Most historians, on the other hand, in keeping with the ubiquitous gender bias that governs the writing of history, tend to ignore Prithvimahadevi’s rule or dismiss it in a few grudging sentences, implying that her rule precipitated the downfall of the Bhaumakaras. Her story and the manner in which she has been viewed in later ages formed an immediate and striking parallel with Didda, the protagonist of my earlier work, Queen of Ice, who has been similarly vilified for being a strong and ambitious woman. It was for these reasons that I chose Prithvimahadevi as the protagonist of Queen of Earth. The story of this remarkable woman deserves to be more widely-known.

 

Gender-sensitivity is such an important qualifier for a genre like historical fiction for instance. What drove you to write these books for children?

 

The manner in which history is taught in schools only serves to deepen the gender bias that exists in the writing of past narratives. Textbooks continually underline the apparent irrelevance of women to the historical record by only focusing on what clothes or jewellery they wore and being arbitrary in their selection of names to include in the historical sequence. As a result, the overwhelming impression conveyed is of the men always being at the centre-stage of the polity, society and economy in the past, driving all the action and doing the things that mattered, while the women stayed indoors obsessing over what to wear.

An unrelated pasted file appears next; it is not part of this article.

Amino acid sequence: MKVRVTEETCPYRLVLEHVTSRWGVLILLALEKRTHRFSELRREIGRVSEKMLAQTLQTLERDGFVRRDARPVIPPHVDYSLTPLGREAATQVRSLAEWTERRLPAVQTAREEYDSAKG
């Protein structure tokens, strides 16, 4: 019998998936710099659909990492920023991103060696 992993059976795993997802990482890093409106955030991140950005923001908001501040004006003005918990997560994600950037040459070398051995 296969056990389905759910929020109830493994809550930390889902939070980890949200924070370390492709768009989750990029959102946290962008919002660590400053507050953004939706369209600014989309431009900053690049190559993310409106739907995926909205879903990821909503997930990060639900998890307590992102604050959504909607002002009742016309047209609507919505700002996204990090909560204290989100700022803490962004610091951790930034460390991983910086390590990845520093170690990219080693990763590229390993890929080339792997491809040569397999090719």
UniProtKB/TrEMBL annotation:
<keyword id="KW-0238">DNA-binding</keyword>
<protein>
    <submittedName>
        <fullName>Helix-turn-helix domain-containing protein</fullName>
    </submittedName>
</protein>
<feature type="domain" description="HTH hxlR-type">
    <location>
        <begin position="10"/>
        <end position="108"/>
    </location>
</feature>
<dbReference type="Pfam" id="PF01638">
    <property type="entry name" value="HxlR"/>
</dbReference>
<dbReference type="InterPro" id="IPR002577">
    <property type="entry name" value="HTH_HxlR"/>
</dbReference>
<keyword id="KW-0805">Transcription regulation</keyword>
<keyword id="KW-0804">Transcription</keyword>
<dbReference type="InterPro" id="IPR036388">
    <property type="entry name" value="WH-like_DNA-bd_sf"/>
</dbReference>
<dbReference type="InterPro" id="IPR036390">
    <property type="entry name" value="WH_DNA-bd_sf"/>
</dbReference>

This, as a gender historian like me knows, flies in the face of actual evidence. Original sources, such as texts, inscriptions and coins, reveal the palpable—and often powerful— presence that women had in all stages of history and it is very important to acknowledge this if we are to understand the past at all. Gender-sensitive historical fiction would go a long way in correcting this lopsided historical record—and this is the reason I wrote Queen of Ice and Queen of Earth, featuring strong women characters who left a mark on history but who have been virtually erased from it, legitimate parts of their collective past that children would probably never get to know about.

front cover of Queen of Earth
Queen of Earth || Devika Rangachari
Who were your favourite writers growing up?

 

That is a rather tough question to answer! I read voraciously—anything and everything I could lay my hands on—so I had a very long list of favourite writers when I was growing up. To add to that, my school librarian realised that I was an advanced reader at a very early stage and challenged me with books that were way beyond my age range, so I discovered some wonderful writers through her, too. I loved Enid Blyton, of course, but not her most popular stories, such as her Famous Five series. Instead, I preferred her standalone books, such as The Six Bad Boys, The Family at Red-roofs and The Put-em-rights. I also loved Elinor M. Brent-Dyer’s riveting Chalet School series about a school that started in the Austrian Tyrol and then moved to Guernsey and, subsequently, Switzerland. As I grew older, I added P.G. Wodehouse, Agatha Christie, Georgette Heyer, Mary Stewart and A.J. Cronin to my list of favourites.